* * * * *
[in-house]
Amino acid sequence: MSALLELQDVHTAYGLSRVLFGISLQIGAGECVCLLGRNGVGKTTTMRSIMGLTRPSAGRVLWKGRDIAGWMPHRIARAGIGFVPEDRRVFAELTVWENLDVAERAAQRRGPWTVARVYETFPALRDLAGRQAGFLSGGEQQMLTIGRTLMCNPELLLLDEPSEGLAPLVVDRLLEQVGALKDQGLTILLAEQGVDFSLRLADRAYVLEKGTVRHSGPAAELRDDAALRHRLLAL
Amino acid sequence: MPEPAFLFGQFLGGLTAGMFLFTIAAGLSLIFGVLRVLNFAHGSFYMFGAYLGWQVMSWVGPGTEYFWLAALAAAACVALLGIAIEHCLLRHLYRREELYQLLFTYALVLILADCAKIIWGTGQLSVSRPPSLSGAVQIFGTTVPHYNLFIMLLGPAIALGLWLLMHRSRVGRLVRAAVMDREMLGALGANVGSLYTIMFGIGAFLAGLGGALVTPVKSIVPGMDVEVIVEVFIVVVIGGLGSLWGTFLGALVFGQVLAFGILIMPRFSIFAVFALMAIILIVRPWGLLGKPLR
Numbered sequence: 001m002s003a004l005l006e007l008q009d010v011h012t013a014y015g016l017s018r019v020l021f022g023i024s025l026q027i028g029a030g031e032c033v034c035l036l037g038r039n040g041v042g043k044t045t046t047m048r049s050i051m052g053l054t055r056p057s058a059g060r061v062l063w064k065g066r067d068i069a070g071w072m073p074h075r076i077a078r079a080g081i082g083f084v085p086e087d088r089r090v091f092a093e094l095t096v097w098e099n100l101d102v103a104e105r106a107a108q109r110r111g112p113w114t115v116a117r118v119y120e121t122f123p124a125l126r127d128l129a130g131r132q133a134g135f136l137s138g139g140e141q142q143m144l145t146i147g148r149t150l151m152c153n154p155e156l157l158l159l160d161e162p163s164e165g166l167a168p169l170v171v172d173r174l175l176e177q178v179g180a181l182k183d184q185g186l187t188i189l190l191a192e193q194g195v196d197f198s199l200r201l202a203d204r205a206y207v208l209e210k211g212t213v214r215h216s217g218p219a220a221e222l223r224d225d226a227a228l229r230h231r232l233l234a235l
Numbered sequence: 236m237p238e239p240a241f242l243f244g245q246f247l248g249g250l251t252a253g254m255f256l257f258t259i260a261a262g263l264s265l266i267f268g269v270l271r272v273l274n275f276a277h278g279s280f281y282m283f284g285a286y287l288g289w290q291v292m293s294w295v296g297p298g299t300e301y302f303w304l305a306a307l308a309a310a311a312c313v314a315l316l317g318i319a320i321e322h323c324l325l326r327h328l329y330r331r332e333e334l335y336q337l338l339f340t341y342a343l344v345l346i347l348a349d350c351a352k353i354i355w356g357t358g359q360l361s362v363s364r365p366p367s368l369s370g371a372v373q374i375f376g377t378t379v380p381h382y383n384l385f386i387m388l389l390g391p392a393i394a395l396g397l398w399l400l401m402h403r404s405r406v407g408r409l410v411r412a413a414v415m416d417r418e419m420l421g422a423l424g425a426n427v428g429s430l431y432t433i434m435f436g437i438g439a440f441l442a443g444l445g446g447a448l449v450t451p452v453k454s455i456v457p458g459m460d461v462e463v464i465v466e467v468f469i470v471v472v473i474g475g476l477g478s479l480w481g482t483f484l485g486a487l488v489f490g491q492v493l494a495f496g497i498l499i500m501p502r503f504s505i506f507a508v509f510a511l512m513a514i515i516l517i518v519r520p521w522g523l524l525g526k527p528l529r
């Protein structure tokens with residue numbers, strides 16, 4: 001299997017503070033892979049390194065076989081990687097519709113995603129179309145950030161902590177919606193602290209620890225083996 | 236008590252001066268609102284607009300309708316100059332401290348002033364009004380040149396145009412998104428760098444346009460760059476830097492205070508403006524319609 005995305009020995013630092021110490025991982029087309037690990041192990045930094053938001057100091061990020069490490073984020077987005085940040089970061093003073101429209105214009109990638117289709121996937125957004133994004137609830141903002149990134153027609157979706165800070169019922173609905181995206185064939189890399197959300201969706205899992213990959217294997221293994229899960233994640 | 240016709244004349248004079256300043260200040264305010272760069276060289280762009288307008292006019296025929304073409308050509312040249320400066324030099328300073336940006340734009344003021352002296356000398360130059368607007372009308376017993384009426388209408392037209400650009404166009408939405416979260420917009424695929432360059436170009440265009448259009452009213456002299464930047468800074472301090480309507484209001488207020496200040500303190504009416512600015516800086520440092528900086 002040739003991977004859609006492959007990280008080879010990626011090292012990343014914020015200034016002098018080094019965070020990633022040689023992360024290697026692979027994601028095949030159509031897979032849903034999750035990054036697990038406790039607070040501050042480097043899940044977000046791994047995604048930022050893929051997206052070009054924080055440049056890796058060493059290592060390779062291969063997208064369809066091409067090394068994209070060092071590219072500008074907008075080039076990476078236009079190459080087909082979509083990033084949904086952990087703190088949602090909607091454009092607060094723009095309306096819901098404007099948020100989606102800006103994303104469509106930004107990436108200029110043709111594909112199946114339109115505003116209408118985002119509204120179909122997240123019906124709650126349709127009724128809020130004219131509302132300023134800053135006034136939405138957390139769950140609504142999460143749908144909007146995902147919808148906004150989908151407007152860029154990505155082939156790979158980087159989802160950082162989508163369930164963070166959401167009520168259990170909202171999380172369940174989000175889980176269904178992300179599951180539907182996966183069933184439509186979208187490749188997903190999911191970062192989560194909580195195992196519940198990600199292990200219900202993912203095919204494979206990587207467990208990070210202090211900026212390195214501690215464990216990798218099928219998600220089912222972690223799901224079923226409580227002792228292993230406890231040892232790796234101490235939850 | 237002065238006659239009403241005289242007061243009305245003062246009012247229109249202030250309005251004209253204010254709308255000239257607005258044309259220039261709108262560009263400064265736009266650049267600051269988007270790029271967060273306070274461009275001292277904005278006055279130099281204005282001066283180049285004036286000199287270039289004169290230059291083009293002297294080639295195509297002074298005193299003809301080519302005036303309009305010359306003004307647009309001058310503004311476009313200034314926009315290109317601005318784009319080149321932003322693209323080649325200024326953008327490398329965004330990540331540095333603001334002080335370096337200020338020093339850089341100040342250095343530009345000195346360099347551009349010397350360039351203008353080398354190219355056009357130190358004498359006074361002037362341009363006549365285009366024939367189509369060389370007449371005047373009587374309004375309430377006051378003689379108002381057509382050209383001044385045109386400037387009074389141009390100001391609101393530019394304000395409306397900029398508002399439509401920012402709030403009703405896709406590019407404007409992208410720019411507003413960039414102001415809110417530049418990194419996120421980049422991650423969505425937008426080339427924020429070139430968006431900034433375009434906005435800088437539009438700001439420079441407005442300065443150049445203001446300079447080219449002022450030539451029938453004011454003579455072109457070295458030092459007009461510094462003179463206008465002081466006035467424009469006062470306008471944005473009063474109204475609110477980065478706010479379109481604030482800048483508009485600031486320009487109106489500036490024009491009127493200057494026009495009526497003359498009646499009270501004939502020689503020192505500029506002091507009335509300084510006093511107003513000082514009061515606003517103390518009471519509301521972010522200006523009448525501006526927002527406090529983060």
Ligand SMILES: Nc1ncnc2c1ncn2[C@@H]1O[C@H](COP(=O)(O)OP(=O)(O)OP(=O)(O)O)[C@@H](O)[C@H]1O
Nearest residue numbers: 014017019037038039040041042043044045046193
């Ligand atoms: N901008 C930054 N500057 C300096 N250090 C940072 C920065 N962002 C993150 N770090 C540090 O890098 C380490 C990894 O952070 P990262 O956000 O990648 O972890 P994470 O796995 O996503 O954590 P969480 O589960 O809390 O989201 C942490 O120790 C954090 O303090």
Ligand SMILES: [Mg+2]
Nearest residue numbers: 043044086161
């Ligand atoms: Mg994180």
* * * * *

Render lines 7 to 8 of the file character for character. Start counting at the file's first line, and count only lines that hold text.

Ligand SMILES: Nc1ncnc2c1ncn2[C@@H]1O[C@H](COP(=O)(O)OP(=O)(O)OP(=O)(O)O)[C@@H](O)[C@H]1O
Nearest residue numbers: 014017019037038039040041042043044045046193